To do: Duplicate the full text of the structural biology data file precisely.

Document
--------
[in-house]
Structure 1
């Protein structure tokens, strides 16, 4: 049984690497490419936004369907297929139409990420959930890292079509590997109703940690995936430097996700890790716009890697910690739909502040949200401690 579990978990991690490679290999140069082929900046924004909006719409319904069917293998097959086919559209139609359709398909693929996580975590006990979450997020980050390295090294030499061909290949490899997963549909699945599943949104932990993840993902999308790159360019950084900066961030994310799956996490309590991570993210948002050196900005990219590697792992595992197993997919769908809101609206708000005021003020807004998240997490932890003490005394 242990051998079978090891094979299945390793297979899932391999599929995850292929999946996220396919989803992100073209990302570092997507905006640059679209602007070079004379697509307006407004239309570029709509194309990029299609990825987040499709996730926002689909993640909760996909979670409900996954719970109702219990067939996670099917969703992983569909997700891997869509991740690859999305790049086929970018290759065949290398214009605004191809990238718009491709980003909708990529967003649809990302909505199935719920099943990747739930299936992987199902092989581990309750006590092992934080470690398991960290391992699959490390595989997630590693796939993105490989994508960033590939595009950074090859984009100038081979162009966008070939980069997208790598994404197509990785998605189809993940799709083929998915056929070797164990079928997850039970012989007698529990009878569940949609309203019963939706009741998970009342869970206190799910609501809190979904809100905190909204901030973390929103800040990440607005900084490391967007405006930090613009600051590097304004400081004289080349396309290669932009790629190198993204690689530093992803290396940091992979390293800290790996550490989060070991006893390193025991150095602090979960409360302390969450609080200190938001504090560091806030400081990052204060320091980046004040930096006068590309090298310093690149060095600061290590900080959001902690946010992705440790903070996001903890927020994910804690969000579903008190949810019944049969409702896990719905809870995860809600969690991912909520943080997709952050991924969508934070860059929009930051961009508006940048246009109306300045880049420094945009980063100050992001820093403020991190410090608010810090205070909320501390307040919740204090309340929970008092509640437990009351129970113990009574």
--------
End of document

[in-house]
Structure 1
């Protein structure tokens, strides 16, 4: 049984690497490419936004369907297929139409990420959930890292079509590997109703940690995936430097996700890790716009890697910690739909502040949200401690 579990978990991690490679290999140069082929900046924004909006719409319904069917293998097959086919559209139609359709398909693929996580975590006990979450997020980050390295090294030499061909290949490899997963549909699945599943949104932990993840993902999308790159360019950084900066961030994310799956996490309590991570993210948002050196900005990219590697792992595992197993997919769908809101609206708000005021003020807004998240997490932890003490005394 242990051998079978090891094979299945390793297979899932391999599929995850292929999946996220396919989803992100073209990302570092997507905006640059679209602007070079004379697509307006407004239309570029709509194309990029299609990825987040499709996730926002689909993640909760996909979670409900996954719970109702219990067939996670099917969703992983569909997700891997869509991740690859999305790049086929970018290759065949290398214009605004191809990238718009491709980003909708990529967003649809990302909505199935719920099943990747739930299936992987199902092989581990309750006590092992934080470690398991960290391992699959490390595989997630590693796939993105490989994508960033590939595009950074090859984009100038081979162009966008070939980069997208790598994404197509990785998605189809993940799709083929998915056929070797164990079928997850039970012989007698529990009878569940949609309203019963939706009741998970009342869970206190799910609501809190979904809100905190909204901030973390929103800040990440607005900084490391967007405006930090613009600051590097304004400081004289080349396309290669932009790629190198993204690689530093992803290396940091992979390293800290790996550490989060070991006893390193025991150095602090979960409360302390969450609080200190938001504090560091806030400081990052204060320091980046004040930096006068590309090298310093690149060095600061290590900080959001902690946010992705440790903070996001903890927020994910804690969000579903008190949810019944049969409702896990719905809870995860809600969690991912909520943080997709952050991924969508934070860059929009930051961009508006940048246009109306300045880049420094945009980063100050992001820093403020991190410090608010810090205070909320501390307040919740204090309340929970008092509640437990009351129970113990009574």